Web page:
As big as the names may be, Damon Albarn has long been more than Blur and Gorillaz. He has been involved with music in Mali since his 2000 visit to the country with the international charity Oxfam; he soon recorded with Malian artists Afel Bocoum and Toumani Diabaté; and eventually he produced Amadou And Mariam’s 2010 album Welcome To Mali. In 2006 he had a major stake in launching Africa Express, a coming together of African and Western (predominantly British) artists in the name of music, peace and cross-cultural exchange. And it includes a tour on an Africa Express train that makes stops at rail stations across the U.K., with the collaborative group writing and performing en route.
 
These compilations typically represent a few countries in Africa, but this go-round is heavily rooted with Malian artists.
Maison Des Jeunes means “Youth Club” in French, and it’s also a club/hostel and community space. But the record takes the title quite literally. Though the latest train tour may have included Mali’s heavy-hitters and internationally acclaimed artists, Africa Express Presents: Maison Des Jeunes is front-loaded with new, young talent.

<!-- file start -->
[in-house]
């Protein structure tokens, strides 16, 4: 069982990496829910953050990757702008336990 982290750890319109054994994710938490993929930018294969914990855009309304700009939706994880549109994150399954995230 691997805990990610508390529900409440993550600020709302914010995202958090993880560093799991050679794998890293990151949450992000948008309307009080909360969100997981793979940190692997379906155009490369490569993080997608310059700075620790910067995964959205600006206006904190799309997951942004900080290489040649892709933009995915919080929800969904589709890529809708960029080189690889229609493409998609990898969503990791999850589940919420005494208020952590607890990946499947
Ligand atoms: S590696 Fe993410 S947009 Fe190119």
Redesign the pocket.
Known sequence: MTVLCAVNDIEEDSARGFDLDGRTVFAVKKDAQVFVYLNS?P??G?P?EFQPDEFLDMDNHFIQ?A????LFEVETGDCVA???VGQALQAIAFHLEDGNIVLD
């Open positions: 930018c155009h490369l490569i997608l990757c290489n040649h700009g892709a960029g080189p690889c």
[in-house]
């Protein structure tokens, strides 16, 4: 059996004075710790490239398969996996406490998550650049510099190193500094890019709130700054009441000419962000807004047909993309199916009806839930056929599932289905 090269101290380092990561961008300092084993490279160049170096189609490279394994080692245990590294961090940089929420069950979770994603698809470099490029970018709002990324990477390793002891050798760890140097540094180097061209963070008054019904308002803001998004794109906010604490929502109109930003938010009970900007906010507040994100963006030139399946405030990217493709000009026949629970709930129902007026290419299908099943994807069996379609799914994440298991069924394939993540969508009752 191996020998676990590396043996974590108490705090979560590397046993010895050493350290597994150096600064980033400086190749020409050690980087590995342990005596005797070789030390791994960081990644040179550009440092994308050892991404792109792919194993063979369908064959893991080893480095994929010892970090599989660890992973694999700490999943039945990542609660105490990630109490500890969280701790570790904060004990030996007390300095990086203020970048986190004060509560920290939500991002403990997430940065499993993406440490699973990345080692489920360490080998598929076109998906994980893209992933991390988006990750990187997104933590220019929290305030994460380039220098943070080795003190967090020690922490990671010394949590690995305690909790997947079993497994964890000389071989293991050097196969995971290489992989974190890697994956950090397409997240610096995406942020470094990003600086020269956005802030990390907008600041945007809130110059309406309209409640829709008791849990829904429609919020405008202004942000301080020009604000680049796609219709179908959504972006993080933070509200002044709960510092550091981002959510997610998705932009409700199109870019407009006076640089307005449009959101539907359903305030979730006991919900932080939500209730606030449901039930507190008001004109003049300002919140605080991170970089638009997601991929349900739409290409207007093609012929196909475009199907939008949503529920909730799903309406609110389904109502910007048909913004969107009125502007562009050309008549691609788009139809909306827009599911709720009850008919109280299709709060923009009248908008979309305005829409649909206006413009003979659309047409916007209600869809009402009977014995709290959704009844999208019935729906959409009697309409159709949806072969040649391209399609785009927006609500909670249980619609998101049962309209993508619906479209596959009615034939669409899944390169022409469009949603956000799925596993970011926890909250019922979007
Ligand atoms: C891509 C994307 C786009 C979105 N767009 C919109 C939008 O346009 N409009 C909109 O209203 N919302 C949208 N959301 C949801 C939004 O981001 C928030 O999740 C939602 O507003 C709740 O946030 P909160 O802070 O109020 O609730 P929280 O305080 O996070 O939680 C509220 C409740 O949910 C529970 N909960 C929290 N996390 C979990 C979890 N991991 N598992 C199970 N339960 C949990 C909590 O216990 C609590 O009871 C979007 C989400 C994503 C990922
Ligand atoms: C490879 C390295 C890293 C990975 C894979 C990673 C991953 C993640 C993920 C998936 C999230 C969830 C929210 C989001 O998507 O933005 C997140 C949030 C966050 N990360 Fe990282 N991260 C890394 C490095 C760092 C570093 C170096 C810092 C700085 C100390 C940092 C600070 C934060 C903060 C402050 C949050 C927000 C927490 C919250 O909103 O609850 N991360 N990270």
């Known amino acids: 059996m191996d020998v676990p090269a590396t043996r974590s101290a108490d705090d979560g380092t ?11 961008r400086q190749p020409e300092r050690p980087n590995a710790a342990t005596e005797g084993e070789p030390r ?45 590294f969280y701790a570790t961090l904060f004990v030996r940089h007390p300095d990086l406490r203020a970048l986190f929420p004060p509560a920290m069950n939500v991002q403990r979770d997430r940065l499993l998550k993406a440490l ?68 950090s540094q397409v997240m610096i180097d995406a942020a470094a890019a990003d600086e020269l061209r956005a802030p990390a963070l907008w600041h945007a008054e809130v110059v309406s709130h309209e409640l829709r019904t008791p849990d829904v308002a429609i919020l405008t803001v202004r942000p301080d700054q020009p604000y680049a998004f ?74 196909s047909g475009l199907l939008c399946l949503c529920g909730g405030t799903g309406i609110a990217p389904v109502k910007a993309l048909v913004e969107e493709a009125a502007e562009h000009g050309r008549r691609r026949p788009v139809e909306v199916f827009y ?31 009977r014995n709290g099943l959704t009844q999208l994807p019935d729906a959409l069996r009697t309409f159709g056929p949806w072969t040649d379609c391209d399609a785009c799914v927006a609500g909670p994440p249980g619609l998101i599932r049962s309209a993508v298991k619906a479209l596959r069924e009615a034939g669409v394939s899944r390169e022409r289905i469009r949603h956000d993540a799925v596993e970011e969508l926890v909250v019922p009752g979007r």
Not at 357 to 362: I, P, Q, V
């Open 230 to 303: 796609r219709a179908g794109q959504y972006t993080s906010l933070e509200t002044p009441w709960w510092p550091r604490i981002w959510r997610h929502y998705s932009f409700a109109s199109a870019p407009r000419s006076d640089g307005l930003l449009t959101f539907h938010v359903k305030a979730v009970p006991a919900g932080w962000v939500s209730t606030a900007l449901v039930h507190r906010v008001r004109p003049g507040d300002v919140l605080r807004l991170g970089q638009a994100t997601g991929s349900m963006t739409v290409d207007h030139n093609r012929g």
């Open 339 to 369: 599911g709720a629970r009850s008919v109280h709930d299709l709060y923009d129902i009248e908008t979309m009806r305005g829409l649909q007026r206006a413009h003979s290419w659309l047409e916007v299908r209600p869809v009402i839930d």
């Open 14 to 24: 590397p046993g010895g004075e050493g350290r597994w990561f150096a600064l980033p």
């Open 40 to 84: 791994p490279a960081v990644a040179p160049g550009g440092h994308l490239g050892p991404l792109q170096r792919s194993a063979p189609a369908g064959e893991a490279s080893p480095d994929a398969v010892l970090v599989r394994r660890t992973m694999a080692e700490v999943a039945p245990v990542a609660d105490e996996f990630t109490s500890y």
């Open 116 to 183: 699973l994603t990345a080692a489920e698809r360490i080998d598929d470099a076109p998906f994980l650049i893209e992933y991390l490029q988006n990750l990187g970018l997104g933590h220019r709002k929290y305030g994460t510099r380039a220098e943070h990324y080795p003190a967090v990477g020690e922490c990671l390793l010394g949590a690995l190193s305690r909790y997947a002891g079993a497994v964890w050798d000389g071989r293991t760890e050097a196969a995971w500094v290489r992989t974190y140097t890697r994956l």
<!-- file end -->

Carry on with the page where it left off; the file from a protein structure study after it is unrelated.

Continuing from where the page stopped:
Members of Songhoy Blues, an indie act out of Timbuktu, fled their homes in the north for the capitol of Bamako, due to the jihadist occupation in 2012. Upon arrival in Bamako, Songhoy Blues was formed (Songhoy people comprise a major ethnic group in northern Mali). Their Soubour was recorded with Nick Zinner for Africa Express during the band’s first ever studio session. It’s a clap-happy blues bit that’s equally representatives of the building blues of the Black Keys and the psychedelic desert-rock sound of Bombino, who is from Agedez in neighboring Niger.
 
Kankou Kouyaté (niece of the famous ngoni player Bassekou Kouyaté) is only 21 years old, but harbors an austere presence and unwavering, deep voice ripe with soul that complements the soft strings of Gambari, who she accompanies on Yamore.
 
There might appear to be a hodge-podge mish-mash of genres here, with artist credits ranging from U.K. funk producer Lil Silva to hip-hop’s heady Ghostpoet (who’s Season Change with Doucoura is another album stand-out), but the blending of these somewhat disparate sounds is seamless. The African musicians recorded here don’t yet have the illustrious cachet of who’s-who Western producers like Brian Eno or Nick Zinner. But these young men and women are worthy of watching as they kick-start their careers.